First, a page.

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Home* News and Stories → Frost: queen without land or a cri­mi­nal polar bear?

Frost: queen without land or a cri­mi­nal polar bear?

As if an ani­mal such as a polar bear could be a cri­mi­nal. But the­re are tho­se in Lon­gye­ar­by­en who say that Frost is a cri­mi­nal polar bear.

Accord­ing to polar bear sci­en­tist Jon Aars, “Frost” is a fema­le polar bear, age almost 17 years, cap­tu­red and mar­ked by the Nor­we­gi­an Polar Insti­tu­te for the first time in 2009 in Wij­defjord and known to sci­en­tists as N23992. In later years, Frost got cubs a num­ber of times: twins in 2011, 2012 and 2013 – the rapid seri­es indi­ca­ted that she must have lost her off­spring at least the first two times – and again twins in 2015 and 2017 and a sin­gle fema­le cub both in 2020 and 2022. Frost is a well-known polar bear for sci­en­tists, who have caught and mar­ked her repeated­ly.

Polar bear and hut in Adventfjord

Polar bear and hut in Advent­fjord.
It is not known if this polar bear actual­ly is Frost.

Unfor­tu­n­a­te­ly, Frost and her sib­lings have many times had con­ta­ct to sett­le­ments, huts and humans, some­ti­mes with tra­gic con­se­quen­ces. In 2014, one of her twins from 2013 died in Bill­efjord under cir­cum­s­tan­ces not ful­ly reve­a­led but in clo­se tem­po­ral con­nec­tion to a sci­en­ti­fic ana­es­the­tiz­a­ti­on. The other one of the­se two unfor­tu­n­a­te twins was shot after it had been in a camp in Tem­pel­fjord in 2015, whe­re one per­son recei­ved minor inju­ries. The sad cli­max was, howe­ver, reached when one of Frost’s descen­dants kil­led cam­ping place mana­ger Johan Jaco­bus „Job“ Koot­te in his tent on the cam­ping place in Lon­gye­ar­by­en on 28 August, 2020. The polar bear was shot.

Frost got her popu­lar name in the docu­men­ta­ry “Queen without land” made by the Nor­we­gi­an film maker Asge­ir Hel­ge­stad.

Polar bear family, Billefjord

Polar bear fami­ly in Bill­efjord, Sep­tem­ber 2021.
It is unli­kely that this is frost, becau­se she got a sin­gle cub in 2020.

Frost appears to spend most of her time in Isfjord, with occa­sio­nal visits to inner Wij­defjord. She has appeared many times in the vicini­ty of the sett­le­ments, Lon­gye­ar­by­en and Pyra­mi­den, and occa­sio­nal­ly pro­bab­ly also wit­hin them. And she seems to have got used to brea­king into huts and tra­shing them in search for food, as hap­pen­ed recent­ly to the hut of Gre­en­dog, a com­mer­cial dogyard in Advent­da­len near Lon­gye­ar­by­en. The Sys­sel­mes­ter (government representative/police) usual­ly tri­es to sca­re polar bears away with fla­re guns, heli­co­p­ters of snow mobi­les. If this doesn’t work, ana­es­the­tiz­a­ti­on and a flight to a remo­te place wit­hin Sval­bard are amongst the remai­ning opti­ons. But this has alrea­dy been done with Frost, only to see her com­ing back a while later. More robust, but non-let­hal deter­ring methods such as rub­ber bul­lets or pep­per spray or a “polar bear pri­son” as in Chur­chill, whe­re bears are kept for a while with only water and no food to teach them that get­ting too clo­se to sett­le­ments and humans is not a good thing, are appar­ent­ly not in the arse­nal of Nor­we­gi­an aut­ho­ri­ties.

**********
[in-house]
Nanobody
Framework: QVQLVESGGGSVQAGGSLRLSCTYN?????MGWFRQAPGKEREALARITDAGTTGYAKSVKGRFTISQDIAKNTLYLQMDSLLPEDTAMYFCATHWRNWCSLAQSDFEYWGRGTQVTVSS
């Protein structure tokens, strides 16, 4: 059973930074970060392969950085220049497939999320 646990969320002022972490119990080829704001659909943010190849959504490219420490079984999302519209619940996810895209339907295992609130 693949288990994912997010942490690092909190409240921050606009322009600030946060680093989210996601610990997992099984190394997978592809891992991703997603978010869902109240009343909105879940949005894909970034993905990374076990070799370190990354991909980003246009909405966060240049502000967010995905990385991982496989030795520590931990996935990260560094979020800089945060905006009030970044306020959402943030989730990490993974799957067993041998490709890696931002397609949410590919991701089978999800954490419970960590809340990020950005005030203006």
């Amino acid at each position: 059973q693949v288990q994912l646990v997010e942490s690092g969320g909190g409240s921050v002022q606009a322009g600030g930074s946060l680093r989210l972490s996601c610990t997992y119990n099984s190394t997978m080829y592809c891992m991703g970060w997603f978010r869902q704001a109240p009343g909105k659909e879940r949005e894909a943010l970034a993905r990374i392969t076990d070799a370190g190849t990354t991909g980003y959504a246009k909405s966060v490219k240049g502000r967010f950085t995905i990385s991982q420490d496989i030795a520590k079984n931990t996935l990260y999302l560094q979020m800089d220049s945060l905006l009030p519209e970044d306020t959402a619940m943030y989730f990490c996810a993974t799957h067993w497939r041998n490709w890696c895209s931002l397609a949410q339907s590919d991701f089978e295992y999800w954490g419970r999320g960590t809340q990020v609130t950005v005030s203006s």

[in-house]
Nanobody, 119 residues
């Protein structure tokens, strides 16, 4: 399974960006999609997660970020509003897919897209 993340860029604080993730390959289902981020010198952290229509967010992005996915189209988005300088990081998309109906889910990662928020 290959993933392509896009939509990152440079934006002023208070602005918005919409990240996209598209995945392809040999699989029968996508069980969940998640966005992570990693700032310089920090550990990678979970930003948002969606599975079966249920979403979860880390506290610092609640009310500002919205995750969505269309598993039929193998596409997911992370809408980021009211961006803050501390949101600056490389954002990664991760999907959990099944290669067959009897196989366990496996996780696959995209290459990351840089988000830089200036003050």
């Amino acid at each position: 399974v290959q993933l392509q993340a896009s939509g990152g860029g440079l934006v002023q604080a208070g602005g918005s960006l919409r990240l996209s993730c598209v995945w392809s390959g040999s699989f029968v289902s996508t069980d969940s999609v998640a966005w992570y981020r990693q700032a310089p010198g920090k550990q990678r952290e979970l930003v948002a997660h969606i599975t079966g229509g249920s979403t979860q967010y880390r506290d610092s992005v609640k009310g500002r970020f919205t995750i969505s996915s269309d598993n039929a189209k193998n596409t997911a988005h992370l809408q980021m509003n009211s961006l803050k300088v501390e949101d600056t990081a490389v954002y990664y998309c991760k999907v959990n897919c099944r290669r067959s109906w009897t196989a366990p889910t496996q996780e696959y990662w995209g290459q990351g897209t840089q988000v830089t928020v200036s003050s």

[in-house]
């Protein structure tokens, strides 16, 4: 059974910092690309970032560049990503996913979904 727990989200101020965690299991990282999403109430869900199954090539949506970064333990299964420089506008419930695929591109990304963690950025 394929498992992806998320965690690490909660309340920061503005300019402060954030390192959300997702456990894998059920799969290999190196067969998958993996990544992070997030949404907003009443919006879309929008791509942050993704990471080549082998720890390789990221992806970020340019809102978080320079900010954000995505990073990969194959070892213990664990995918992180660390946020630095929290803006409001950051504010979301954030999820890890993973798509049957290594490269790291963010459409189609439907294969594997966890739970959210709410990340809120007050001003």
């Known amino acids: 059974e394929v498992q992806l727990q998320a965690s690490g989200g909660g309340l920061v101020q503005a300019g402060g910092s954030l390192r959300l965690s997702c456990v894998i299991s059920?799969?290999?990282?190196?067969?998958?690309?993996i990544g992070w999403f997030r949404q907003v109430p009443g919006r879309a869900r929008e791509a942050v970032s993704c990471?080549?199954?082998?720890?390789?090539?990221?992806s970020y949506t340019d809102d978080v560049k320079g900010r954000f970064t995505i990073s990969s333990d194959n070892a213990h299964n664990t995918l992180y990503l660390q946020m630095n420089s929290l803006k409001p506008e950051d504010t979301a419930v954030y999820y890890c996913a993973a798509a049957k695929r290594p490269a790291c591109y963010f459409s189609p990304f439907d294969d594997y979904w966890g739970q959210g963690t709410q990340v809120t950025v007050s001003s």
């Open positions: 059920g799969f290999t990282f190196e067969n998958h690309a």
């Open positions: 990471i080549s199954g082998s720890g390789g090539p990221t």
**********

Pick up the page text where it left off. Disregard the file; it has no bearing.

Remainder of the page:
Which means that a dead­ly rif­le shot soon comes into con­si­de­ra­ti­on. This was now pro­po­sed for Frost by Longyearbyen’s mayor, Arild Olsen, who said that Frost has beco­me a dan­ger to the public. But such a decisi­on can not be made by Longyearbyen’s mayor. Only the Sys­sel­mes­ter, cur­r­ent­ly Lars Fau­se, has the power to deci­de on this. Fau­se, howe­ver, said that the law does not per­mit the pre­ven­ti­ve shoo­ting of a bear. Ins­tead, it allows this final step only in case of dan­ger to human life; in excep­tio­nal cases also to pro­tect major mate­ri­al values.

But Fau­se said he alrea­dy made up is mind what to do when a polar bear comes clo­se to, for examp­le, the way to school of Longyearbyen’s child­ren.

By the way, my new book is in print and it can now be orde­red 🙂 it is a pho­to book with the tit­le “Nor­we­gens ark­ti­scher Nor­den (3): Die Bären­in­sel und Jan May­en”, with Ger­man text Click here for fur­ther details!

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last modification: 2022-10-06 · copyright: Rolf Stange
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